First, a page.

Notes
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PubMed ID
24228082 View in PubMed
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[Carbon Isotope Composition in Landscape Components and Its Changes under Different Ecological Conditions].

https://arctichealth.org/en/permalink/ahliterature274565
Source
Izv Akad Nauk Ser Biol. 2016 Mar-Apr;(2):216-24
Publication Type
Article
Author
I V Kovda
E G Morgun
K B Gongalskii
S A Balandin
A I Erokhina
Source
Izv Akad Nauk Ser Biol. 2016 Mar-Apr;(2):216-24
Language
Russian
Publication Type
Article
Keywords
Carbon Isotopes - analysis
Ecosystem
Plants - chemistry
Russia
Soil - chemistry
Abstract
The composition of stable carbon isotopes in plants, plant litter, leaf litter, and soil organic matter was studied experimentally in the western part of the northern foothills of the Caucasus and mountainsides. It was found that the changes in carbon isotope composition depending on the vertical zonation do not exceed 8 per thousand and depend on the type of C3 plant communities, its presence in biogeocenosis components (living matter, plant litter, soil organic matter), and the degree of moistening of the plot studied.
PubMed ID
27396183 View in PubMed
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Carbon isotope ratios of nandrolone, boldenone, and testosterone preparations seized in Norway compared to those of endogenously produced steroids in a Nordic reference population.

https://arctichealth.org/en/permalink/ahliterature265575
Source
Drug Test Anal. 2014 Nov-Dec;6(11-12):1163-9
Publication Type
Article
Author
Ingunn Hullstein
Carlos Sagredo
Peter Hemmersbach
Source
Drug Test Anal. 2014 Nov-Dec;6(11-12):1163-9
Language
English
Publication Type
Article
Keywords
Anabolic Agents - analysis
Carbon Isotopes - analysis
Denmark
Esters - analysis - urine
Female
Gas Chromatography-Mass Spectrometry
Humans
Male
Nandrolone - analysis
Norway
Reference Standards
Solutions
Testosterone - analogs & derivatives - analysis
Young Adult
Abstract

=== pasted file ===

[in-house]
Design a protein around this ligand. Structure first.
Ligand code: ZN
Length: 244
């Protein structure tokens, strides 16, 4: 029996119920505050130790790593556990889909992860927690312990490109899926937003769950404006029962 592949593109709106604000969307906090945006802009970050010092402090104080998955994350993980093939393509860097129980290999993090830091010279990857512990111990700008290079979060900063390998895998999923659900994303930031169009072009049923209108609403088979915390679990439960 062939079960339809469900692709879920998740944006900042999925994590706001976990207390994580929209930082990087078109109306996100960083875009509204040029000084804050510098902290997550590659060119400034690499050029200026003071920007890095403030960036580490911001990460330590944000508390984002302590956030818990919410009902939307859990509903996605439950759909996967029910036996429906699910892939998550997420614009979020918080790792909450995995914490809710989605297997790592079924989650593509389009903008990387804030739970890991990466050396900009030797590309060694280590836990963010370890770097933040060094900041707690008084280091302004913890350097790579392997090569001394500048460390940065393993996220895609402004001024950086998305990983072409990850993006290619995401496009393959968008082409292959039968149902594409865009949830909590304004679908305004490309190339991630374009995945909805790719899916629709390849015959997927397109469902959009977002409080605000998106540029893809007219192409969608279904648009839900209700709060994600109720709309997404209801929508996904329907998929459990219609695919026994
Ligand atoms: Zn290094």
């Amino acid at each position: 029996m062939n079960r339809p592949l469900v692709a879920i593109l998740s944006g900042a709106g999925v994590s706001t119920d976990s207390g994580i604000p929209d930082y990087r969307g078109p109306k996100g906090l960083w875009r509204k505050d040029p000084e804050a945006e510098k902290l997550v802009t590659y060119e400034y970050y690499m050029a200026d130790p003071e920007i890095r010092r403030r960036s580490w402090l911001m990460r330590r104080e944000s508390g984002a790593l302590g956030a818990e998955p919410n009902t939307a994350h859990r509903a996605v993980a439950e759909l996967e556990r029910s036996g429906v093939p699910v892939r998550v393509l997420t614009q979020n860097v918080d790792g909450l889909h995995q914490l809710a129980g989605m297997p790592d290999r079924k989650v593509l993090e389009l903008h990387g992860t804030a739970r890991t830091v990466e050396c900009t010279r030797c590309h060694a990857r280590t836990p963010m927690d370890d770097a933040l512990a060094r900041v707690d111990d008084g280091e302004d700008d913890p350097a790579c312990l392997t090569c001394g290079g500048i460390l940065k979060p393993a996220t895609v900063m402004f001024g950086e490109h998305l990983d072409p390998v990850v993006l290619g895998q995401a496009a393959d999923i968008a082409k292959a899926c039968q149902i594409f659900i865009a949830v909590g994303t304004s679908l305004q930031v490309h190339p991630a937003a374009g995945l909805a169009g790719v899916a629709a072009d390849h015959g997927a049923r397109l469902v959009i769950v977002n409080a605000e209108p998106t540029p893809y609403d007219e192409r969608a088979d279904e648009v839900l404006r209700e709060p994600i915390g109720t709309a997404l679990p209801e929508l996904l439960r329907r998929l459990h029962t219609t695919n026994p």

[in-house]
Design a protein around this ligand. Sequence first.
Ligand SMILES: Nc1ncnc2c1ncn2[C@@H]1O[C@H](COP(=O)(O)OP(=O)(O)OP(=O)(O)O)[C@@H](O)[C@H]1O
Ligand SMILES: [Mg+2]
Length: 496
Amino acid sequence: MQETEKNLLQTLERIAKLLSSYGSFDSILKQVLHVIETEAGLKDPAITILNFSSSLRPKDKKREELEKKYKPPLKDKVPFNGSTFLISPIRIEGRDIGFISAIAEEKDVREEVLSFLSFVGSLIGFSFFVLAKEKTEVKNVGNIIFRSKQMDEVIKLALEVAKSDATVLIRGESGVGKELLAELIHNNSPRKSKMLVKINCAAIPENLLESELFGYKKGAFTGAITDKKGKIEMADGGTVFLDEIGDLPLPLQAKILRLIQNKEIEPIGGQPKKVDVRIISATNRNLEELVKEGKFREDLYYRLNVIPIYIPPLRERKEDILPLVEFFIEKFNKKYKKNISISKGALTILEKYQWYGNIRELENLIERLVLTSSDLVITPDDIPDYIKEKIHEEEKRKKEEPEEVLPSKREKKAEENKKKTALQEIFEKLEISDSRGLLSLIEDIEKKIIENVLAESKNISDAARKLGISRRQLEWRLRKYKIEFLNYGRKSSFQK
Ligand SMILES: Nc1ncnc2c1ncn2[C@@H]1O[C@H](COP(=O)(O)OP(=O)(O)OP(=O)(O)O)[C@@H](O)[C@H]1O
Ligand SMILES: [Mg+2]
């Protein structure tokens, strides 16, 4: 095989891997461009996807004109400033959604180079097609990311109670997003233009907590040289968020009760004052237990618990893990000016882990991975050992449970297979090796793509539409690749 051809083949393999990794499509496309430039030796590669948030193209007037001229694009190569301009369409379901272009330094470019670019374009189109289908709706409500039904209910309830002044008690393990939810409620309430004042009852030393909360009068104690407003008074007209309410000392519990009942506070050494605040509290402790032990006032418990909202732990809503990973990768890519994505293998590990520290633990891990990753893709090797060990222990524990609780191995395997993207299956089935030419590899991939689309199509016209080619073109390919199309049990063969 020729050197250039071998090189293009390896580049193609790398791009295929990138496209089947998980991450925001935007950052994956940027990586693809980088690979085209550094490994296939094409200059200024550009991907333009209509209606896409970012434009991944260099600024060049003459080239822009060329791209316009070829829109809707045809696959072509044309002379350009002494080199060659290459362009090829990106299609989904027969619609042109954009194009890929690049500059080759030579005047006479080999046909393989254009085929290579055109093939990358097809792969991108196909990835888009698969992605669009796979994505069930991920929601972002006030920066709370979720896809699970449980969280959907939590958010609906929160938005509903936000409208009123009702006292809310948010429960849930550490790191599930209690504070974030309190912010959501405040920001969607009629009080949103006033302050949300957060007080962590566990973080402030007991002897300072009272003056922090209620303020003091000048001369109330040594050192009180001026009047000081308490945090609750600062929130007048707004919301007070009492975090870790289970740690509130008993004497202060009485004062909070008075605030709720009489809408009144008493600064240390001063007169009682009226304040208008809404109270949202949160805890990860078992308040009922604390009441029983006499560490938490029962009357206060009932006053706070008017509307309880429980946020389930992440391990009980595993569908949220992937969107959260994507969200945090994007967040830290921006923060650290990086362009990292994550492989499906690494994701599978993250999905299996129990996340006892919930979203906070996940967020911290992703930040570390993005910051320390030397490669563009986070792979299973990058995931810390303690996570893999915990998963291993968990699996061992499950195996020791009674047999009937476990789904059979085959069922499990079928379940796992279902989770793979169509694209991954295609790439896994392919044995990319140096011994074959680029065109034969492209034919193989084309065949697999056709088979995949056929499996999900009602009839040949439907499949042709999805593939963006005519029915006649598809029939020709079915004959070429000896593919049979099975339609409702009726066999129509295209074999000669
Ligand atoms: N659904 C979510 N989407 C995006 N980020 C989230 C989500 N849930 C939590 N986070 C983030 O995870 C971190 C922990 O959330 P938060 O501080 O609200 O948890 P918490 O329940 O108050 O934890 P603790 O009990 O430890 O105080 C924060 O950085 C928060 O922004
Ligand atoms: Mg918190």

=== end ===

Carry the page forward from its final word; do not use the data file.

Determining the origin of anabolic androgenic steroids (AAS) that also are produced endogenously in the human body is a major issue in doping control. In some cases, the presence of nandrolone and boldenone metabolites might result from endogenous production. The GC-C-IRMS technique (gas chromatography-combustion-isotope ratio mass spectrometry) enables the carbon isotopic ratio (CIR) to be measured to determine the origin of these metabolites. The aim of this study was to use GC-C-IRMS to determine the d(13) CVPDB values of seized boldenone and nandrolone preparations to decide if the steroids themselves were depleted in (13) C, compared to what is normally seen in endogenously produced steroids. In addition, several testosterone preparations were analyzed. A total of 69 seized preparations were analyzed. The nandrolone preparations showed d(13) CVPDB values in the range of -31.5 ‰ to -26.7 ‰. The boldenone preparations showed d(13) CVPDB values in the range of -32.0 ‰ to -27.8 ‰, and for comparison the testosterone preparations showed d(13) CVPDB values of -31.0 ‰ to -24.2 ‰. The results showed that the values measured in the nandrolone and boldenone preparations were in the same range as those measured in the testosterone preparations. The study also included measurements of CIR of endogenously produced steroids in a Norwegian/Danish reference population. The d(13) CVPDB values measured for the endogenous steroids in this population were in the range of -21.7 to -26.8. In general, most of the preparations investigated in this study show (13) C-depleted delta values compared to endogenously produced steroids reflecting a northern European diet.